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MonkeyBrains: Silly Name, Serious Broadband

A three-man ISP in San Francisco's Mission District is providing Internet broadband that's two to three times faster than the U.S. average for less than $40 per month.

The lunch crowd at Coffee Bar, a stylish cafe in San Francisco's Mission District, dines with laptops open. It's a reminder that the city is a tech mecca.

To judge by the city's broadband options, San Francisco looks more like a backwater. The national average broadband download speed in the U.S. at the time this article was filed is 10.02 Mbps, according to Ookla's Net Index. The average broadband download speed in the city is 8.46 Mbps, unless you happen to live in certain subsidized housing projects.

At Valencia Gardens, for example, low-income residents typically enjoy connections of around 50 Mbps at no cost, thanks to a city-funded fiber connection.

But Internet connectivity for other San Francisco residents is improving, thanks to changing wireless technology and entrepreneurs who believe they can provide better Internet service than the likes of AT&T and Comcast. (The city is also hoping to accelerate broadband for residents with a federal stimulus funding request. Funding awards are scheduled to be announced on September 30.)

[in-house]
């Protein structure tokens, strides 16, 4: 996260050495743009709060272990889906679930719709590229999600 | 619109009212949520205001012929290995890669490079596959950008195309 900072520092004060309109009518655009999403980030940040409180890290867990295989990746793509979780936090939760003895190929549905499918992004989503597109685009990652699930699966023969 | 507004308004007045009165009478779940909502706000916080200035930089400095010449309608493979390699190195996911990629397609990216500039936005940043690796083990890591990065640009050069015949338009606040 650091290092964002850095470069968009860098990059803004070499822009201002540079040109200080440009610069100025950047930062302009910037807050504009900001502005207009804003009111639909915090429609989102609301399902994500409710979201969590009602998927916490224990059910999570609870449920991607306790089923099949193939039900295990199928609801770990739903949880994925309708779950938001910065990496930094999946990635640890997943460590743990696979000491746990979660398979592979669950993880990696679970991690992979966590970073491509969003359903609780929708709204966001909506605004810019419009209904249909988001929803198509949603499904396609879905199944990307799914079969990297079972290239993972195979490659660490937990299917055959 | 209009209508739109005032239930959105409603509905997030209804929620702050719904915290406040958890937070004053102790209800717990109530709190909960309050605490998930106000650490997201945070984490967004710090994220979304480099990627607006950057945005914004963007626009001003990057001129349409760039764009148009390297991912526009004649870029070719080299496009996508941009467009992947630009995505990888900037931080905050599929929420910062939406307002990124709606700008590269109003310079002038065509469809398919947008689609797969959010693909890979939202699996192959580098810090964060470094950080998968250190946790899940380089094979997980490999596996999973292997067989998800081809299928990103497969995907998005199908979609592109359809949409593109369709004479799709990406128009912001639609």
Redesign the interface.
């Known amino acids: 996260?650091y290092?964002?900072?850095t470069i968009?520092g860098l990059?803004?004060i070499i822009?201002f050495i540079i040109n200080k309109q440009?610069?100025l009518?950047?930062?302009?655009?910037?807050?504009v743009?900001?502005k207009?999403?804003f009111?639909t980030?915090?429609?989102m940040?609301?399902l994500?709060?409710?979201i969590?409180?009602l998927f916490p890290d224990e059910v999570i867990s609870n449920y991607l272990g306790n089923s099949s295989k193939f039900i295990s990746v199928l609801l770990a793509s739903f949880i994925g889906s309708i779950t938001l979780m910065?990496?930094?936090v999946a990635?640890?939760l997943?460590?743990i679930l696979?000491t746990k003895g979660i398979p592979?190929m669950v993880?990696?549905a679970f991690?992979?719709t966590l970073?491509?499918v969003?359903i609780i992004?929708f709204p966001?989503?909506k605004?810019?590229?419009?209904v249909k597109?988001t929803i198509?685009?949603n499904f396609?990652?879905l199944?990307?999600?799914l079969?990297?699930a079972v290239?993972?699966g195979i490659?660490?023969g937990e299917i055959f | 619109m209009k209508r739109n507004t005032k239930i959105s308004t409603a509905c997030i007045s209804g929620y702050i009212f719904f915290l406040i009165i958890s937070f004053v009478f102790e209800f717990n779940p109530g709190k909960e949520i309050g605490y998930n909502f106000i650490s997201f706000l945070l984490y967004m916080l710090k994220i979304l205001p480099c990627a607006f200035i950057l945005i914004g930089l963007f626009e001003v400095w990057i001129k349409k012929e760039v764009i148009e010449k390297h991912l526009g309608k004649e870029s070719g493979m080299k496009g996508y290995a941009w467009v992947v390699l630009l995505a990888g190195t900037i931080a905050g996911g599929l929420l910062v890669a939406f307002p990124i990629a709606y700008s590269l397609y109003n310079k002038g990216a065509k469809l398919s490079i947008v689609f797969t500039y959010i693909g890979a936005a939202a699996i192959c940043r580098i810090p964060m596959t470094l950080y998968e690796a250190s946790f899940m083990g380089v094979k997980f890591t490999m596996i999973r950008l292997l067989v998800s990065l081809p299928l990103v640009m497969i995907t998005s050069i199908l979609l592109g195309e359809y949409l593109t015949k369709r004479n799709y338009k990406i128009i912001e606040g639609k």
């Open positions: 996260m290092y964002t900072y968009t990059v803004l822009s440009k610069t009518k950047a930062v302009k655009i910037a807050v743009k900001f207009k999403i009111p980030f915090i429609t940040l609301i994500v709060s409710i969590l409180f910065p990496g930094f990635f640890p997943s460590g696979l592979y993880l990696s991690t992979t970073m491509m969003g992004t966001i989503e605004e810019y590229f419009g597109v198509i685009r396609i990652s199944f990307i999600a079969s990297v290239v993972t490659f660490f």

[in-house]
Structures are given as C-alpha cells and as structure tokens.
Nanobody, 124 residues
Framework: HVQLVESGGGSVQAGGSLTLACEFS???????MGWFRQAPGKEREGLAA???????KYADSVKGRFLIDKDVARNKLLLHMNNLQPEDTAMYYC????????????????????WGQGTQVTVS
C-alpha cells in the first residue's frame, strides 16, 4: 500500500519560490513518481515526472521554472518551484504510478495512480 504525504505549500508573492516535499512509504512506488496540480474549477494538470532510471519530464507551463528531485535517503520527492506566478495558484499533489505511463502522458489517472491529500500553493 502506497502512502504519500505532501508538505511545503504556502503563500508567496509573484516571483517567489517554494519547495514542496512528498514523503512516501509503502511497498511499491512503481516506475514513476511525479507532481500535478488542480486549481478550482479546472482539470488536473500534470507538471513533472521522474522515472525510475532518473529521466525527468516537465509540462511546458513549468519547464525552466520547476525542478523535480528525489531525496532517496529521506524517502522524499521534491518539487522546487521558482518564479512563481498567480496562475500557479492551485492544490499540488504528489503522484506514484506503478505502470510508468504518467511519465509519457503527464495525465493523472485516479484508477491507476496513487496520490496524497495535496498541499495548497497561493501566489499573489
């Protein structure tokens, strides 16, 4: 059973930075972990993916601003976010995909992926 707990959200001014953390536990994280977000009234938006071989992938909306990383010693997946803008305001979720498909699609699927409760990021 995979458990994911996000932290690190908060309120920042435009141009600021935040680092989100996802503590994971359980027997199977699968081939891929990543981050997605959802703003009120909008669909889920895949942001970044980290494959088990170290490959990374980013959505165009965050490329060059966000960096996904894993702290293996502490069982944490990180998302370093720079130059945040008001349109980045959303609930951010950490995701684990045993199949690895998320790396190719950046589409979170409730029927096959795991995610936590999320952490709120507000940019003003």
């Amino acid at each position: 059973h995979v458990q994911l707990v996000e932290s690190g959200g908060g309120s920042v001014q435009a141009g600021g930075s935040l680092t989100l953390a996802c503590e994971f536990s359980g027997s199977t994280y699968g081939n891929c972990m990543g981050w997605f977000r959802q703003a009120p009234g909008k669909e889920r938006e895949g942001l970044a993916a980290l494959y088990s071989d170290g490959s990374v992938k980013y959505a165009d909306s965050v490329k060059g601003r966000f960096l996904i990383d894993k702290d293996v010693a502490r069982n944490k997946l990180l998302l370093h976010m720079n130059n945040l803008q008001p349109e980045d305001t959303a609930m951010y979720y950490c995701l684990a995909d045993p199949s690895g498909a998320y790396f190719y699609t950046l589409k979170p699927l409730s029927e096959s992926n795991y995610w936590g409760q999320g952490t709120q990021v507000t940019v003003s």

I'd come to Coffee Bar to meet Alex Menendez and Rudy Rucker, co-founders of, a wireless ISP, Web hosting and server co-location company, and Anders Finn, their sole employee. ("If you set things up properly, you don't need a huge workforce," Rudy explained.)

For years, I'd been paying a little over $40 per month for 6 Mbps down/768 Kbps up DSL from Cyberonic, a small ISP that resold Covad bandwidth. In reality, I seldom saw speeds above 5.0 Mbps.

The average monthly bill in the U.S. for broadband service in April 2009 was $39, according to a June 2009 Pew Internet survey.

When my Internet connection proved too slow for OnLive, a cloud-based gaming service, I began looking in earnest to see whether it would be possible to get something faster without breaking the bank. I also wasn't eager to sign up with AT&T or Comcast, the dominant telecom companies in the area.

Through, I discovered two ISPs in San Francisco that were getting rave reviews, WebPass and MonkeyBrains. I e-mailed WebPass and the founder promptly e-mailed back to say that his company doesn't do residential installations. WebPass focuses on large residential buildings and businesses.

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